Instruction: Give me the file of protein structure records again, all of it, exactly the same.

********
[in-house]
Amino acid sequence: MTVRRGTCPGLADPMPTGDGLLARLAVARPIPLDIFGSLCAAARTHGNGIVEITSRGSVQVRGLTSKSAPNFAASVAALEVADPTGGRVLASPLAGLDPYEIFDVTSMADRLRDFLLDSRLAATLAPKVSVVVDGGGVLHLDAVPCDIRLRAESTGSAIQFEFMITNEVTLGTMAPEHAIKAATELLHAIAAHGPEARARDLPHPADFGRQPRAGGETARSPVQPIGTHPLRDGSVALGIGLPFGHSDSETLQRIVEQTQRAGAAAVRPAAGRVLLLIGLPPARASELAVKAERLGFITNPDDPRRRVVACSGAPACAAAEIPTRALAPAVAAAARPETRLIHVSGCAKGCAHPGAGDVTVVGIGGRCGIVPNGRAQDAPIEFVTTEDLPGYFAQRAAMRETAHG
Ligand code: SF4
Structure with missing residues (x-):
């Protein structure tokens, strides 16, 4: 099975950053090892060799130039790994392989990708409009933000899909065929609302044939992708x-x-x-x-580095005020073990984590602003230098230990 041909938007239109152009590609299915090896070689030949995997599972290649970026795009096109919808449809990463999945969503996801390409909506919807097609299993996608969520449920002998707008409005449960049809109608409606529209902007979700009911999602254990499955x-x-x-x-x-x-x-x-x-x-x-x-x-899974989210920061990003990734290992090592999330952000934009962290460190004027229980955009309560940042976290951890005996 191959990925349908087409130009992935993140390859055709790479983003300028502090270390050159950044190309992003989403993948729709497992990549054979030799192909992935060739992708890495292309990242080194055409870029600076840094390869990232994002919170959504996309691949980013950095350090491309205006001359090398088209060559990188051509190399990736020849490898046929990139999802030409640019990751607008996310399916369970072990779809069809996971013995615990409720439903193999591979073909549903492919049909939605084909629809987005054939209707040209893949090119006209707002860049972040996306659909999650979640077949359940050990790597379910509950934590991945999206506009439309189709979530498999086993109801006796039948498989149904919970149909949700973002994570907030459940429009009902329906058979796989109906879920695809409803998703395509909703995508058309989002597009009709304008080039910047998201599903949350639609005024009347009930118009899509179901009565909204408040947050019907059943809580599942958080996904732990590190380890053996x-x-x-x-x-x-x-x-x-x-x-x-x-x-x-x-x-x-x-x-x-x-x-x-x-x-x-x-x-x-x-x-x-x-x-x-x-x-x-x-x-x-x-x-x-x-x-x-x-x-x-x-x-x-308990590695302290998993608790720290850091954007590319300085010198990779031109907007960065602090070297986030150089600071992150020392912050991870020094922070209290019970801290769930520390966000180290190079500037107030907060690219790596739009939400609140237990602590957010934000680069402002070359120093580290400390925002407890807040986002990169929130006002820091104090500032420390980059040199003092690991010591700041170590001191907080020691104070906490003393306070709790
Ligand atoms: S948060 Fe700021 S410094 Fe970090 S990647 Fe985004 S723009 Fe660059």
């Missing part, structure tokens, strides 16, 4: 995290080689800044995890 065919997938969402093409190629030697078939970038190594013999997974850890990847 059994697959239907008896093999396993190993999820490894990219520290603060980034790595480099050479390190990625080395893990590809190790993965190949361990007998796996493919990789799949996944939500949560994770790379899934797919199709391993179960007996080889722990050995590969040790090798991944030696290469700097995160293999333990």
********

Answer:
[in-house]
Amino acid sequence: MTVRRGTCPGLADPMPTGDGLLARLAVARPIPLDIFGSLCAAARTHGNGIVEITSRGSVQVRGLTSKSAPNFAASVAALEVADPTGGRVLASPLAGLDPYEIFDVTSMADRLRDFLLDSRLAATLAPKVSVVVDGGGVLHLDAVPCDIRLRAESTGSAIQFEFMITNEVTLGTMAPEHAIKAATELLHAIAAHGPEARARDLPHPADFGRQPRAGGETARSPVQPIGTHPLRDGSVALGIGLPFGHSDSETLQRIVEQTQRAGAAAVRPAAGRVLLLIGLPPARASELAVKAERLGFITNPDDPRRRVVACSGAPACAAAEIPTRALAPAVAAAARPETRLIHVSGCAKGCAHPGAGDVTVVGIGGRCGIVPNGRAQDAPIEFVTTEDLPGYFAQRAAMRETAHG
Ligand code: SF4
Structure with missing residues (x-):
């Protein structure tokens, strides 16, 4: 099975950053090892060799130039790994392989990708409009933000899909065929609302044939992708x-x-x-x-580095005020073990984590602003230098230990 041909938007239109152009590609299915090896070689030949995997599972290649970026795009096109919808449809990463999945969503996801390409909506919807097609299993996608969520449920002998707008409005449960049809109608409606529209902007979700009911999602254990499955x-x-x-x-x-x-x-x-x-x-x-x-x-899974989210920061990003990734290992090592999330952000934009962290460190004027229980955009309560940042976290951890005996 191959990925349908087409130009992935993140390859055709790479983003300028502090270390050159950044190309992003989403993948729709497992990549054979030799192909992935060739992708890495292309990242080194055409870029600076840094390869990232994002919170959504996309691949980013950095350090491309205006001359090398088209060559990188051509190399990736020849490898046929990139999802030409640019990751607008996310399916369970072990779809069809996971013995615990409720439903193999591979073909549903492919049909939605084909629809987005054939209707040209893949090119006209707002860049972040996306659909999650979640077949359940050990790597379910509950934590991945999206506009439309189709979530498999086993109801006796039948498989149904919970149909949700973002994570907030459940429009009902329906058979796989109906879920695809409803998703395509909703995508058309989002597009009709304008080039910047998201599903949350639609005024009347009930118009899509179901009565909204408040947050019907059943809580599942958080996904732990590190380890053996x-x-x-x-x-x-x-x-x-x-x-x-x-x-x-x-x-x-x-x-x-x-x-x-x-x-x-x-x-x-x-x-x-x-x-x-x-x-x-x-x-x-x-x-x-x-x-x-x-x-x-x-x-x-308990590695302290998993608790720290850091954007590319300085010198990779031109907007960065602090070297986030150089600071992150020392912050991870020094922070209290019970801290769930520390966000180290190079500037107030907060690219790596739009939400609140237990602590957010934000680069402002070359120093580290400390925002407890807040986002990169929130006002820091104090500032420390980059040199003092690991010591700041170590001191907080020691104070906490003393306070709790
Ligand atoms: S948060 Fe700021 S410094 Fe970090 S990647 Fe985004 S723009 Fe660059």
């Missing part, structure tokens, strides 16, 4: 995290080689800044995890 065919997938969402093409190629030697078939970038190594013999997974850890990847 059994697959239907008896093999396993190993999820490894990219520290603060980034790595480099050479390190990625080395893990590809190790993965190949361990007998796996493919990789799949996944939500949560994770790379899934797919199709391993179960007996080889722990050995590969040790090798991944030696290469700097995160293999333990």